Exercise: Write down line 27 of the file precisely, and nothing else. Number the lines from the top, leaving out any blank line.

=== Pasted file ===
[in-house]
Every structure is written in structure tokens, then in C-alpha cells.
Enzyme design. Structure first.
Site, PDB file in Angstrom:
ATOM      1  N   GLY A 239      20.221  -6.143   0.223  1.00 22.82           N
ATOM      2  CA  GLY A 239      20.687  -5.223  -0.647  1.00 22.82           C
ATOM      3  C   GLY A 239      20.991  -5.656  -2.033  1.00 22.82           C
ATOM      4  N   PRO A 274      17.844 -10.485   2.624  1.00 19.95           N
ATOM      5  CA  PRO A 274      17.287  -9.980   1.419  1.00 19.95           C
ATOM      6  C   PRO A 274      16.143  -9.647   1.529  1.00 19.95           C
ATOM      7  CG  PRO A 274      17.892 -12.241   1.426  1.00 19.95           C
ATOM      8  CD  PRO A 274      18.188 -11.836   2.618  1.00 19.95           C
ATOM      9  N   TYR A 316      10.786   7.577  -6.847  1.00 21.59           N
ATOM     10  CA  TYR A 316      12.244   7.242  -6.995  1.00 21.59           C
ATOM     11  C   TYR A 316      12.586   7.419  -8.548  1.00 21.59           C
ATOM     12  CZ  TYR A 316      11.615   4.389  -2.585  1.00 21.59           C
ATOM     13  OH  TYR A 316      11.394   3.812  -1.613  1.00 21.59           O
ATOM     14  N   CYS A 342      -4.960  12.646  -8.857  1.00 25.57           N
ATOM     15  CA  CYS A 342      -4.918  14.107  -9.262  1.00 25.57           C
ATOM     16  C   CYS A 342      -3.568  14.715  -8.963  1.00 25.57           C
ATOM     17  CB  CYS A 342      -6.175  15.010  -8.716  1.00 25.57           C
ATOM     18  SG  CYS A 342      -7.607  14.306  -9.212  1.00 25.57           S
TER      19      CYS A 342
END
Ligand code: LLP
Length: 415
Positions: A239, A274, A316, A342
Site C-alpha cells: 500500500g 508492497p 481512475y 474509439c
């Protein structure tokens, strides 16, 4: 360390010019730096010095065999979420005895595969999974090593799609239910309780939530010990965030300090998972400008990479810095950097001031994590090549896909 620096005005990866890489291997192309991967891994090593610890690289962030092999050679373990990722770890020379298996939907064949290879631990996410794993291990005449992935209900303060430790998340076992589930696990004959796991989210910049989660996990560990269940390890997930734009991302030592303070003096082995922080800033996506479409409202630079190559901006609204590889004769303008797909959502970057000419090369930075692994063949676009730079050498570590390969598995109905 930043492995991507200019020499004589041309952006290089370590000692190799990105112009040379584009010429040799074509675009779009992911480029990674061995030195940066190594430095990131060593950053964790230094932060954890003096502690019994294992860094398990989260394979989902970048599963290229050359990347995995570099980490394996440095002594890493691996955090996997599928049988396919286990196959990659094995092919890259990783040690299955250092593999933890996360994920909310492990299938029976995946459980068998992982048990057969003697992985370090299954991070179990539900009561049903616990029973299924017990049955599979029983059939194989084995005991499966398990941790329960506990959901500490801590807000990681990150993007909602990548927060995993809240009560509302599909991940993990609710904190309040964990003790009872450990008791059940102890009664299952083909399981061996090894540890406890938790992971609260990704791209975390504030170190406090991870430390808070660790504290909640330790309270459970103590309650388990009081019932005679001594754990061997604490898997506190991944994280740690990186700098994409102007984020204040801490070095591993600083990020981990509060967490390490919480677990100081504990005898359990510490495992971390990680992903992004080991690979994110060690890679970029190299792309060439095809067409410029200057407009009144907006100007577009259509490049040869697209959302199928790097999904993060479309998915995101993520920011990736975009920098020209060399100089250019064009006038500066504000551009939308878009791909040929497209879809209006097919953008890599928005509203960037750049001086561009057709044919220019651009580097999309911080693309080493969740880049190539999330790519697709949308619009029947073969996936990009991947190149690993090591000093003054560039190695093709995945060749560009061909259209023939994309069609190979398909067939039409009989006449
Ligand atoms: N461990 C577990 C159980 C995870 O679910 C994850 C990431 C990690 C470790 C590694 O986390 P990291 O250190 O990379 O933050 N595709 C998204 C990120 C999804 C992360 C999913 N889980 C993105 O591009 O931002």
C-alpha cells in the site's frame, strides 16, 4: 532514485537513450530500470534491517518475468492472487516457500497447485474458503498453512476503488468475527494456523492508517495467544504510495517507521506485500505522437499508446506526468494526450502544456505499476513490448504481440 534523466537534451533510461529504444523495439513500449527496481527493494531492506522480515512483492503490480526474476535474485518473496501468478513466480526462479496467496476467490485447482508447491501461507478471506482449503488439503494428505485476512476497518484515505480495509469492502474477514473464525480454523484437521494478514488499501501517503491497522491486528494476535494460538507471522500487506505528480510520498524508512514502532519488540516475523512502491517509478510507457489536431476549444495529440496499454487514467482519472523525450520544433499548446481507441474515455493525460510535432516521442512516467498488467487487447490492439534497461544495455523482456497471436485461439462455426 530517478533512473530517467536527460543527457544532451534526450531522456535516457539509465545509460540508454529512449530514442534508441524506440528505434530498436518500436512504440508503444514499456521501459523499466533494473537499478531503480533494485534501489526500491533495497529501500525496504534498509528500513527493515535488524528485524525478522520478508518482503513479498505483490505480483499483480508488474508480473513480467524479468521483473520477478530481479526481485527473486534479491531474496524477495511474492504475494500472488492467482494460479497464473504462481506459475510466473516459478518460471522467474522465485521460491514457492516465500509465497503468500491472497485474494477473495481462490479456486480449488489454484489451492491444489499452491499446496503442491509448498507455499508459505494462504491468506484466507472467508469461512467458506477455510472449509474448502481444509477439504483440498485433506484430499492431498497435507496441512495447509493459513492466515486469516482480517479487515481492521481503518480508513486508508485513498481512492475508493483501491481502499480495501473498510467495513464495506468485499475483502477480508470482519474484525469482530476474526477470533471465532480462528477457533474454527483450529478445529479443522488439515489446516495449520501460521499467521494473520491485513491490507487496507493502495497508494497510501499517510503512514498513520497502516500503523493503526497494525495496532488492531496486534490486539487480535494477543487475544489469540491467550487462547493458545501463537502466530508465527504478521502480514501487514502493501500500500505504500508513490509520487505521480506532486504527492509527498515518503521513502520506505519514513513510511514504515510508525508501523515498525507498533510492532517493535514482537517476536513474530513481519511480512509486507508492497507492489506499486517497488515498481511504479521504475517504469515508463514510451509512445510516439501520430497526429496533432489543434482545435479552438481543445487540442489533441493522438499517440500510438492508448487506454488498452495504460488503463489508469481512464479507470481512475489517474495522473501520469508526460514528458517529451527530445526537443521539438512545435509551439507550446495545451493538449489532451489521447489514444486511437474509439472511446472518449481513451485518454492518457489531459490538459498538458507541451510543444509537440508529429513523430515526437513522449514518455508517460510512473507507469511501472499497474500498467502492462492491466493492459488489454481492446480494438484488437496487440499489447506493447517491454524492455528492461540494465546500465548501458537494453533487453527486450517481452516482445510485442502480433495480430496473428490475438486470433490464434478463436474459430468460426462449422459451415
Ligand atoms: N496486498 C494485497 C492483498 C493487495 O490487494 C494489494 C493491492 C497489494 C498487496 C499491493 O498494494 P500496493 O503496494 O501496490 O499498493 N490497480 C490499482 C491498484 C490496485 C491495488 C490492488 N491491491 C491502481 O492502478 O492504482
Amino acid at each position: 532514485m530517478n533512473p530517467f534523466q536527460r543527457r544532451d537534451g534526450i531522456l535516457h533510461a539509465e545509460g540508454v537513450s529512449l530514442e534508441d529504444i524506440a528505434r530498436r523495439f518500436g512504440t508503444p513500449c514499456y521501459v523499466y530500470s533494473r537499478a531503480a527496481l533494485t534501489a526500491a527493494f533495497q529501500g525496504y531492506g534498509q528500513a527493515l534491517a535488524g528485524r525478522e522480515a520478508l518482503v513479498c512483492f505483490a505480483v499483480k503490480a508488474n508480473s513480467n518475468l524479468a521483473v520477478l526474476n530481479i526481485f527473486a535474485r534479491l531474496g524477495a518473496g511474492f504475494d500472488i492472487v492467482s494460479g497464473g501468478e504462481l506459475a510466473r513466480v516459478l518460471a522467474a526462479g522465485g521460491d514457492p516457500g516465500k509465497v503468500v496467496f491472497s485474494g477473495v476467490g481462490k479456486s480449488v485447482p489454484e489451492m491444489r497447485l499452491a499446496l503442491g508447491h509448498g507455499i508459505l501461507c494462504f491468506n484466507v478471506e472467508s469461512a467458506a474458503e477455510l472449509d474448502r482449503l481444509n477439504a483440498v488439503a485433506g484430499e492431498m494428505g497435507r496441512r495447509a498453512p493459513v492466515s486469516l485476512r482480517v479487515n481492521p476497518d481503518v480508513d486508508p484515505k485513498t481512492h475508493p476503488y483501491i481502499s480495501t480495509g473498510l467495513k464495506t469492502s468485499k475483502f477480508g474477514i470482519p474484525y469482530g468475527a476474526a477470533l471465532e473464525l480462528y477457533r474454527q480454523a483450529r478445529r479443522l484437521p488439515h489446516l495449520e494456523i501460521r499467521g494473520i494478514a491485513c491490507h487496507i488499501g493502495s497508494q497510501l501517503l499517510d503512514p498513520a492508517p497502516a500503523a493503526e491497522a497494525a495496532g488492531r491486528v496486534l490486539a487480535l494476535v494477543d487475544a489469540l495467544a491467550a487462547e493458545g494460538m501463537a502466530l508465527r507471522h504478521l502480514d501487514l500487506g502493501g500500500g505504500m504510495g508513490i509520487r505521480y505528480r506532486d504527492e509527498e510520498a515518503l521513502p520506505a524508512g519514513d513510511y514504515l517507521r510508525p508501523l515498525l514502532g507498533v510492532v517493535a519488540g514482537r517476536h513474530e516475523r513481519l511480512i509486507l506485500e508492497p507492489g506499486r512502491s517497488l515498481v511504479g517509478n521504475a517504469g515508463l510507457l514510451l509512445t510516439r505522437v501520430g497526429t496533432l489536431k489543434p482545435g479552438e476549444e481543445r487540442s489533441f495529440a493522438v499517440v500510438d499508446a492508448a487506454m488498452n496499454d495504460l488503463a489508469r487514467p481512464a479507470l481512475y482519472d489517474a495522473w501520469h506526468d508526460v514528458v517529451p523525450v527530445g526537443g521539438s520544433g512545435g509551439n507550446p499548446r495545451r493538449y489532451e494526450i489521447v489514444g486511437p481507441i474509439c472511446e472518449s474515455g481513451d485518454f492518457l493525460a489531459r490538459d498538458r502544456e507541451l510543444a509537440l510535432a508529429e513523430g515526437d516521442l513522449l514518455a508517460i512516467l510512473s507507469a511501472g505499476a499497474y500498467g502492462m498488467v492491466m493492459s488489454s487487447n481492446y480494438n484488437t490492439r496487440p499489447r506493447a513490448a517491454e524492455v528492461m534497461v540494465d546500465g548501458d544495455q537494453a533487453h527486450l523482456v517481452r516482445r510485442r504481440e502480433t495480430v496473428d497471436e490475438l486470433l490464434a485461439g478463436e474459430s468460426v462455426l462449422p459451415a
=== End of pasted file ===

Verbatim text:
Positions: A239, A274, A316, A342